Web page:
6 Nov 2011

You, The Village and A Story

You might probably be shocked upon reading this. Or you might find it hard to believe. No matter what your reaction would be, I really have to reveal this story here. Of course you have all the right to question my doing so. But, believe me, I have no intention to meddle into other people’s business.

Perhaps I am like the character Ratan Babu in Satyajit Ray’s short story, “Ratan Babu and That Man”. I mean, both of us like to go to strange places which are almost unknown to others. Indeed that was how, last year, I had the privilege to read a small book (and a thin one too) aptly titled Unknown Facts About Little Known Siru Kambam. I am sure you still remember the village. It was only after reading the book that I managed to get to Siru Kambam.

The journey to Siru Kambam wasn’t an easy one. Once I reached the Taiping Railway Station, I asked around for the village. Sad but true, no one knew about it. They have no idea about Siru Kambam which is situated in Taiping itself! Strange. But good in a way: I did indeed wanted to explore a lesser known place.

Finally, a taxi driver drove me through Jalan Raja Salim, Jalan Raja Sulong and Jalan Kampung Boyan via Taman Pertama; and later through Jalan Surau across the border of Aulong before we reached Siru Kambam. Situated at the border of Aulong Lama – also literally an unknown place to the outside world – Siru Kambam wasn’t exactly as beautiful as portrayed by the author of Unknown Facts About Little Known Siru Kambam.

“Oh, no!” The taxi driver rebuffed the moment I expressed my dissatisfaction. “You just got here, sir. Wait for a day or two. You would then definitely agree that this village is indeed very special. You are staying for a few days, right? Good. I wouldn’t want anyone to get the wrong impression about Siru Kambam within a very short period. You’ll actually need some time to blend in. Trust me, you would absolutely love the environment in this village. Who knows, you might even be inspired to write a book about this place.”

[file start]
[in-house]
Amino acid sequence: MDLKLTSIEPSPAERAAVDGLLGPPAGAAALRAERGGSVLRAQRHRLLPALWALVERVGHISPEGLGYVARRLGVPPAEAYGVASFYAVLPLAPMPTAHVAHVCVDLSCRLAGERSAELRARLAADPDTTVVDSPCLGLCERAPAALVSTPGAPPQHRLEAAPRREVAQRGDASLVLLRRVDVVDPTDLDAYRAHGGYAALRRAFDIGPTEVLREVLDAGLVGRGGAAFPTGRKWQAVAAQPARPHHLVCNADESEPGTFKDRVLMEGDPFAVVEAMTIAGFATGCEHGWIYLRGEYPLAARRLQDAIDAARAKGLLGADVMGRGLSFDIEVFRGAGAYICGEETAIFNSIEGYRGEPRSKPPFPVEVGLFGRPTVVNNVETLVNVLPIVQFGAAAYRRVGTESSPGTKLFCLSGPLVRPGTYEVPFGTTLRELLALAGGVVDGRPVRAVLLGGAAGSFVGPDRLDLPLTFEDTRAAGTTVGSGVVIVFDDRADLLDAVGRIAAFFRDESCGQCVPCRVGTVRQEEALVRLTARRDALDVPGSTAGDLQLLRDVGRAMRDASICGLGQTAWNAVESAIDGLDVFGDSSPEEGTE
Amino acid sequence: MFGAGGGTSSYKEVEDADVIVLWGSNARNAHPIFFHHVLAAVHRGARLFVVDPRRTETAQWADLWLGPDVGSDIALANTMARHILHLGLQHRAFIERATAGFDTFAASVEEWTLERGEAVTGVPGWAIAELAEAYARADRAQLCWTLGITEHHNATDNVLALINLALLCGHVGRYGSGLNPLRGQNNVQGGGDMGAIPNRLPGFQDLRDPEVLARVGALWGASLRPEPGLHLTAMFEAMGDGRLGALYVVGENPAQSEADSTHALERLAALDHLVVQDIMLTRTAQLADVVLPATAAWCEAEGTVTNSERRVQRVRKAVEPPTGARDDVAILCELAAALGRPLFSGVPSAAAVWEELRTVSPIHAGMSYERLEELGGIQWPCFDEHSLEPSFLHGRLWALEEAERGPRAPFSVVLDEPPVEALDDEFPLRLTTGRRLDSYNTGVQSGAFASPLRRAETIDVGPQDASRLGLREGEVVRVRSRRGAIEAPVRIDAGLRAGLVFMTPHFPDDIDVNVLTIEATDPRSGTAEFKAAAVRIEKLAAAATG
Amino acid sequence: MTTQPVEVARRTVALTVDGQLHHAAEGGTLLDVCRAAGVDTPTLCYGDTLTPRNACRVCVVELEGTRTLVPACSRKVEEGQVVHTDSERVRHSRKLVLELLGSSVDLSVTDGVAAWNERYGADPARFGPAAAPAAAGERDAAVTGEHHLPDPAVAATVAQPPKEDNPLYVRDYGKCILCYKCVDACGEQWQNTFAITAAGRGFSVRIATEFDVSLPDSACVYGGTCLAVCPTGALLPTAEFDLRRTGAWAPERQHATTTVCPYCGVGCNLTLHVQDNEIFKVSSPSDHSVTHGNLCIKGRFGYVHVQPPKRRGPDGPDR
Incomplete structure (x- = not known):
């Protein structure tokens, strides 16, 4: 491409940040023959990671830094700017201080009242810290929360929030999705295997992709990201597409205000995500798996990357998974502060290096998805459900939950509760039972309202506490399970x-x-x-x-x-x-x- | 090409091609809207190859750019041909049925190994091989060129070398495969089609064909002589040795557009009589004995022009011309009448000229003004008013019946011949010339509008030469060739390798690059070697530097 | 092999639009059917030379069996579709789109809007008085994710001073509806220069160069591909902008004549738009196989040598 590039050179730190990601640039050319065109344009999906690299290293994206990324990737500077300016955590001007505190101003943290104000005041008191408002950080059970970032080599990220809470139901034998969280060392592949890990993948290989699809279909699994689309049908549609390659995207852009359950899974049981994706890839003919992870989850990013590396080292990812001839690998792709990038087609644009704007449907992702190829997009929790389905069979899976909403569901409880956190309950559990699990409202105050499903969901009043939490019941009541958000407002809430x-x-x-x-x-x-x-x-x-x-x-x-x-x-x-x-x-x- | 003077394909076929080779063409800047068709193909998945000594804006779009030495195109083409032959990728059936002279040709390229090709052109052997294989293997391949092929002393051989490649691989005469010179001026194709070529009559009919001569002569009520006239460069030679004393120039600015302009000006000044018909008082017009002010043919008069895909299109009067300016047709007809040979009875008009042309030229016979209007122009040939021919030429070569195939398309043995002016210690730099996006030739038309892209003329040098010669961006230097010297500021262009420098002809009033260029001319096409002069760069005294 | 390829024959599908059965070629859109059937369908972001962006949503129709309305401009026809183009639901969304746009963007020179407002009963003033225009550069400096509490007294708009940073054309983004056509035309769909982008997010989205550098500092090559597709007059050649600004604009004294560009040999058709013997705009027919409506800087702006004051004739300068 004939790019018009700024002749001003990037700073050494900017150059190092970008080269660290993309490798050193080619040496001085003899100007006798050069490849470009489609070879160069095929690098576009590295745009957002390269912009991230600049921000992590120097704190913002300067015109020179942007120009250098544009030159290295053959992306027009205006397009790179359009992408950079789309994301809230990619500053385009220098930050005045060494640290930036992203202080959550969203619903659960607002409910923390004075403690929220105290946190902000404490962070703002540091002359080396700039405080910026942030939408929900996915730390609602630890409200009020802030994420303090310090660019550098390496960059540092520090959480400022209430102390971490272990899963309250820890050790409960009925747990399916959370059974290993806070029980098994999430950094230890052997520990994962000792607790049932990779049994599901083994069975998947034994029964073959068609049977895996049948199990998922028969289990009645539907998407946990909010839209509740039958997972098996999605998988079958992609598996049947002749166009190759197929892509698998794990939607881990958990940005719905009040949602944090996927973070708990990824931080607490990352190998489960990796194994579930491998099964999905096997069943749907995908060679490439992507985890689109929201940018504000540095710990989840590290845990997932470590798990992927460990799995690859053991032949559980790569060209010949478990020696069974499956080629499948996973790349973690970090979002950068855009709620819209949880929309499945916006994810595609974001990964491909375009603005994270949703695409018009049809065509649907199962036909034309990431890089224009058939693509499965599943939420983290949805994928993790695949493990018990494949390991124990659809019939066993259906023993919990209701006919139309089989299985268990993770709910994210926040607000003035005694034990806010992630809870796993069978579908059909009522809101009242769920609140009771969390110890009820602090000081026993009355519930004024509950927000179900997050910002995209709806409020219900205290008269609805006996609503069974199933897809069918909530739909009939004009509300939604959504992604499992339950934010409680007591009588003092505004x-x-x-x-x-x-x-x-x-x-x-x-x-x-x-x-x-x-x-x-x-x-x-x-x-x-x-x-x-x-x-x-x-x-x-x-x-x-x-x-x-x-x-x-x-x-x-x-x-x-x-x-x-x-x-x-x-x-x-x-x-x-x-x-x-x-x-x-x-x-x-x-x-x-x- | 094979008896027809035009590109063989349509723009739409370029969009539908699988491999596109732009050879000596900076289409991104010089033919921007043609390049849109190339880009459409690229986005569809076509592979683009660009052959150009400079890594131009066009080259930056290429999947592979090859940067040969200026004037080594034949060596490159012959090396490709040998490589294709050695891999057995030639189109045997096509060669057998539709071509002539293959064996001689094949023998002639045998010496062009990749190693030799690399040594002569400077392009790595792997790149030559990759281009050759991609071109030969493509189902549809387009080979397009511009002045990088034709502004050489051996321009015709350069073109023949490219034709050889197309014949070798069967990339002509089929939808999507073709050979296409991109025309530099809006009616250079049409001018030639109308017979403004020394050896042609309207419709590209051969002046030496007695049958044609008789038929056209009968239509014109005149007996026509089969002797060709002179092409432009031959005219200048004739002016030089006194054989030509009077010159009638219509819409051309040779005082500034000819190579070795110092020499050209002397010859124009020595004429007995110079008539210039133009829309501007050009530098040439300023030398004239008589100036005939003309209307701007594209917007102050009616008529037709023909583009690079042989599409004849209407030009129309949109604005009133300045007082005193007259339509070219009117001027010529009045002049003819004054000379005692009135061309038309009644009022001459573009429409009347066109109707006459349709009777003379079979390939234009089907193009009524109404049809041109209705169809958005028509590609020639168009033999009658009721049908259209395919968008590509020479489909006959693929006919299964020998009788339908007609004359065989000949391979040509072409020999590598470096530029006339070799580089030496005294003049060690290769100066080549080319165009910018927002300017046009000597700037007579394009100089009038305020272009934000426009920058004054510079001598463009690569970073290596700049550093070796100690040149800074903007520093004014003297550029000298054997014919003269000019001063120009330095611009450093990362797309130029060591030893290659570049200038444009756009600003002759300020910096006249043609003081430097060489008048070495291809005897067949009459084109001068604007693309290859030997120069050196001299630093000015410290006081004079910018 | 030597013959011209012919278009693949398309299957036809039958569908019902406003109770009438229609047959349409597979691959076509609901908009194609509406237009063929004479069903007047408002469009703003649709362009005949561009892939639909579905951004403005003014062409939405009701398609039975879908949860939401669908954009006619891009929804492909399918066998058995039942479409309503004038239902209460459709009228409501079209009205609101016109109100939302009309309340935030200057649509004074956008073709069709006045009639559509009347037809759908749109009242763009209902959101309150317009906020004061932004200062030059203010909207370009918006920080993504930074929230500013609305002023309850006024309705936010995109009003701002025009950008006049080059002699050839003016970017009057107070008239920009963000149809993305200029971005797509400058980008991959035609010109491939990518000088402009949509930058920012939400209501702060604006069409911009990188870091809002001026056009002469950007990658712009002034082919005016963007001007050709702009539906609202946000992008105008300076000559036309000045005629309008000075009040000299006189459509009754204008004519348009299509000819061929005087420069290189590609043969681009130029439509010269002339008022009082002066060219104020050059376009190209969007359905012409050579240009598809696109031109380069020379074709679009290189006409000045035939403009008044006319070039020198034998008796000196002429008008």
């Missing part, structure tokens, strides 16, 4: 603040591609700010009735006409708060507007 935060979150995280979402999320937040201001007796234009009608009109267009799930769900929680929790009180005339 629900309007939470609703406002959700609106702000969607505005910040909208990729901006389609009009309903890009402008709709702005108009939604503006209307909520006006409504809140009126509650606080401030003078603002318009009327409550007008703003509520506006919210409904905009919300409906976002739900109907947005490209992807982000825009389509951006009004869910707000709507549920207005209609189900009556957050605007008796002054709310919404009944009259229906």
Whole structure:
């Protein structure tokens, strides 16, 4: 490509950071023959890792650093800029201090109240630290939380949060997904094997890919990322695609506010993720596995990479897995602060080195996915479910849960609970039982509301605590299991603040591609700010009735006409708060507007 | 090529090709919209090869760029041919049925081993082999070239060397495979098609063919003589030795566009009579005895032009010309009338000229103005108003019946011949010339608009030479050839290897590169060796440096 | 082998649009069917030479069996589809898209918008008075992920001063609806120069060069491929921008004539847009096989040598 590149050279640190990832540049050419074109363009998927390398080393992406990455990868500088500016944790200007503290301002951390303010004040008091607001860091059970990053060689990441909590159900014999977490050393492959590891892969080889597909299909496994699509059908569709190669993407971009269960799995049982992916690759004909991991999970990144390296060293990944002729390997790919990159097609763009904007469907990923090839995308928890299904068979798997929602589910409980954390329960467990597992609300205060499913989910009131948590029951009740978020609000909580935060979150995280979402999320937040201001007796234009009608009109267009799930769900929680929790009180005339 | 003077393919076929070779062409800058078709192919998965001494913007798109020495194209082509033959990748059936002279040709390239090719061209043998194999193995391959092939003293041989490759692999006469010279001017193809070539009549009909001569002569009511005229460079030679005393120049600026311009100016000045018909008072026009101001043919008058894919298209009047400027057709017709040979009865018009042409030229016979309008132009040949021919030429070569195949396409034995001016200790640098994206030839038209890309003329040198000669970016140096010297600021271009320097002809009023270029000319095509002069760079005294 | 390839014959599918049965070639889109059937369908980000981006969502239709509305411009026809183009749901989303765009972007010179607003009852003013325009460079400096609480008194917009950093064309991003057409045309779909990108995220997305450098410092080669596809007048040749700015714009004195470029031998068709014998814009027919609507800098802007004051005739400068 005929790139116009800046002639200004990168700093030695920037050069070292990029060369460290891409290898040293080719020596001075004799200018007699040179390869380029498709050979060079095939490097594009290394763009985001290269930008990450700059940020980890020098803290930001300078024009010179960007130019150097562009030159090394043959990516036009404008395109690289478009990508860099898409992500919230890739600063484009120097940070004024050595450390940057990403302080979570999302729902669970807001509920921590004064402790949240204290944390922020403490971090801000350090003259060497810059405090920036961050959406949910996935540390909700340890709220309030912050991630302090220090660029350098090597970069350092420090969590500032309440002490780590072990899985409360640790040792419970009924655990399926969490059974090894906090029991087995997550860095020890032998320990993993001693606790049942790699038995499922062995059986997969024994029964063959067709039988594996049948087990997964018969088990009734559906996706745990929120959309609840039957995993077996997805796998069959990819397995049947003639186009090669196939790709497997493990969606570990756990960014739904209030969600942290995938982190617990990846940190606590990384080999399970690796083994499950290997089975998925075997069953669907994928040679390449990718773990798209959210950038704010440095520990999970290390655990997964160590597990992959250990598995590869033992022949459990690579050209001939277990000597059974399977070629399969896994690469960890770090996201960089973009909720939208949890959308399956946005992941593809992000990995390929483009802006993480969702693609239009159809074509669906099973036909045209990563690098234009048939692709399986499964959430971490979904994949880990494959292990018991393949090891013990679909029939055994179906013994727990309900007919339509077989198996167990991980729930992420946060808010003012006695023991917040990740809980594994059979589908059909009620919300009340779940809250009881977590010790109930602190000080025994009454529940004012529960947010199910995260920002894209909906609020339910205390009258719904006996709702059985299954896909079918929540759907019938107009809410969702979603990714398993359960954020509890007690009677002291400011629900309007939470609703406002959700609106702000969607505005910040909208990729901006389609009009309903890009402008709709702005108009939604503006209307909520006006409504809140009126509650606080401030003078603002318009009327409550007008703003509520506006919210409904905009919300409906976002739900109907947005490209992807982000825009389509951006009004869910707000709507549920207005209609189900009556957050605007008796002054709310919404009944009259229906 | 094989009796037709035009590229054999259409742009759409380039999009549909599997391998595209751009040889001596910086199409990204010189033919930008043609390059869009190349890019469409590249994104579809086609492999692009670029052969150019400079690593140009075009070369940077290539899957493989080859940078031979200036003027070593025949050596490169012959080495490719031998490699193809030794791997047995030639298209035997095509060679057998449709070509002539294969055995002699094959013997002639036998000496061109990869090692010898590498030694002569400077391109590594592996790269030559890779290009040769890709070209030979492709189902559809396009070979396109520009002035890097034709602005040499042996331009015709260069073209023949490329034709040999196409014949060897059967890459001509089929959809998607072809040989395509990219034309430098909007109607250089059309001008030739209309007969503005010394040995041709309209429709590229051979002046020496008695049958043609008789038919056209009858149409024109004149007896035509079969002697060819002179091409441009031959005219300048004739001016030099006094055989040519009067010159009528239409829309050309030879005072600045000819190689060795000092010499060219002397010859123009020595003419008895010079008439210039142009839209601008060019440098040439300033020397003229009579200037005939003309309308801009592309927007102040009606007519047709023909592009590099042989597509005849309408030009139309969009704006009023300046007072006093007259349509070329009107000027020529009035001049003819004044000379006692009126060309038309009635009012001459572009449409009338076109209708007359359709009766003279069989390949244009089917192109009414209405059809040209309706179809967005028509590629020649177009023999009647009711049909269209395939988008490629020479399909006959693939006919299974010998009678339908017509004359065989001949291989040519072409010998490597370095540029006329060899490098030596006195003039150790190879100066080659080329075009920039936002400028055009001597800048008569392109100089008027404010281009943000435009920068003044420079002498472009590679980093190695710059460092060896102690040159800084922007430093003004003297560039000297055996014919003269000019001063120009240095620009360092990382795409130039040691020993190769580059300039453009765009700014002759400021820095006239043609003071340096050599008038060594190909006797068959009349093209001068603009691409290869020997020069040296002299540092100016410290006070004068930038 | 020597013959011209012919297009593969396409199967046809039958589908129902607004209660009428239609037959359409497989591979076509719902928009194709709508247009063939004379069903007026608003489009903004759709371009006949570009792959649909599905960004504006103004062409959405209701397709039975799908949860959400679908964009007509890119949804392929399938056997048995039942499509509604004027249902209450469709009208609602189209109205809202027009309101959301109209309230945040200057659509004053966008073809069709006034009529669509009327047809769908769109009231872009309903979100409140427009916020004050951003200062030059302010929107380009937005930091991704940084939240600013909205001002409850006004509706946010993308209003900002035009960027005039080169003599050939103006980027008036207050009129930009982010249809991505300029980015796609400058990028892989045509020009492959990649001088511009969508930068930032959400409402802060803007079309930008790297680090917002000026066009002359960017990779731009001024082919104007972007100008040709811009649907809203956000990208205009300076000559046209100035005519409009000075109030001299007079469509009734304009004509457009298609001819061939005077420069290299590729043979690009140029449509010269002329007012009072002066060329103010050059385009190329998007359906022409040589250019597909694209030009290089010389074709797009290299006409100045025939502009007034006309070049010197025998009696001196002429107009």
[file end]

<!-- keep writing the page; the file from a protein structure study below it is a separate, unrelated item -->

“No, no. I have no such talent. I am just a bookshop owner. I have no writing skills.”

“What is there to worry, sir?” He laughed while driving. “Nowadays even a television newscaster can write a novel. An athlete’s wife could produce films. Talent is not necessary. What is needed is just a name and a little bit of glamour. But one thing for sure, Siru Kambam has a thousand and one stories. If these stories were to be made into books, a novelist could easily write almost nine hundred and ninety nine great fiction to discuss various themes about the multiracial and multicultural society in Malaysia. I am very sure that you would completely agree with me if you were to have a chance to mingle with the locals.”

The taxi driver contined to talk nonstop about this and that. (Sorry, I couldn’t recall his name at this moment though he mentioned it once or twice.) The one-way communication ended only after we reached our destination and the taxi came to a complete stop.

I rented a small room at a lodge located on the main road at the entrance to Siru Kambam. It is actually a big house with six rooms, built according to the structure of traditional houses in India. Four of the rooms were rented out for lodging. The remaining two were occupied by the owner, a widower. I did not get a chance to meet him throughout my stay. It was the taxi driver who arranged the room booking and handed over the keys to me.

“The owner is a close friend of my late father. That is why he entrusted me to handle the room bookings,” he explained.

While I was unloading my luggage from the boot, I saw someone emerge hurriedly from the house. He had a blanket – or so I thought at that moment – covering his head and the upper part of his body. I could easily guess the person’s gender from the body structure. The young man rapidly walked away with his head bowed and conveniently covered with the blanket.

(© Uthaya Sankar SB 2011. The above extract was translated by Uthaya Sankar SB on 5 November 2011. The original “Anda, Sebuah Kampung dan Sebuah Kisah” in Bahasa Malaysia won second prize in Hadiah Cerpen Esso-Gapena 1996 and was later published in Dewan Sastera, November 1997. The original story also appears in Nayagi and Rudra Avatara. Please CLICK HERE for more articles in English.)